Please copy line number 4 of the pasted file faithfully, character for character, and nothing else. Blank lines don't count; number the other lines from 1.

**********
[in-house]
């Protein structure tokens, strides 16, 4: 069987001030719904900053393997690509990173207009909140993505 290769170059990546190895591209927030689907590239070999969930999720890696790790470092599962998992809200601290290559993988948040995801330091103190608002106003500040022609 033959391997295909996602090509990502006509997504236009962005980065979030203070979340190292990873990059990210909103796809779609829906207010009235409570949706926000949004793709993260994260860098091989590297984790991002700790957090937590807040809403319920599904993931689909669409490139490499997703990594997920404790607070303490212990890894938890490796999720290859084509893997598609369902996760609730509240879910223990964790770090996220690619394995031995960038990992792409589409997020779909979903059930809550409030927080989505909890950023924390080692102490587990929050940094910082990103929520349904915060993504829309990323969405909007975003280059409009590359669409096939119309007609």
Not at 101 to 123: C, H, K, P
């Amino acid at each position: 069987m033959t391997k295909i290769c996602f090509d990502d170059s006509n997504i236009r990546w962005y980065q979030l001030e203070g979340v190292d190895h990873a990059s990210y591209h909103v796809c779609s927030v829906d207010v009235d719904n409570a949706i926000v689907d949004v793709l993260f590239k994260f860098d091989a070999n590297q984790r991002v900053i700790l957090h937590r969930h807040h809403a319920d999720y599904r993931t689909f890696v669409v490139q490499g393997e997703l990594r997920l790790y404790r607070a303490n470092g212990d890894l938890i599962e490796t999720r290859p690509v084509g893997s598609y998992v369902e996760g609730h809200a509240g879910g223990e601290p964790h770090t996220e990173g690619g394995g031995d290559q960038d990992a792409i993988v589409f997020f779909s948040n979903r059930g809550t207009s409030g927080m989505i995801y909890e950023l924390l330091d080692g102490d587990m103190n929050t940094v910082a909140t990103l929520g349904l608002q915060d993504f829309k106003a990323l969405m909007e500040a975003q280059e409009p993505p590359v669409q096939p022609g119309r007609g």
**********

């Amino acid at each position: 069987m033959t391997k295909i290769c996602f090509d990502d170059s006509n997504i236009r990546w962005y980065q979030l001030e203070g979340v190292d190895h990873a990059s990210y591209h909103v796809c779609s927030v829906d207010v009235d719904n409570a949706i926000v689907d949004v793709l993260f590239k994260f860098d091989a070999n590297q984790r991002v900053i700790l957090h937590r969930h807040h809403a319920d999720y599904r993931t689909f890696v669409v490139q490499g393997e997703l990594r997920l790790y404790r607070a303490n470092g212990d890894l938890i599962e490796t999720r290859p690509v084509g893997s598609y998992v369902e996760g609730h809200a509240g879910g223990e601290p964790h770090t996220e990173g690619g394995g031995d290559q960038d990992a792409i993988v589409f997020f779909s948040n979903r059930g809550t207009s409030g927080m989505i995801y909890e950023l924390l330091d080692g102490d587990m103190n929050t940094v910082a909140t990103l929520g349904l608002q915060d993504f829309k106003a990323l969405m909007e500040a975003q280059e409009p993505p590359v669409q096939p022609g119309r007609g």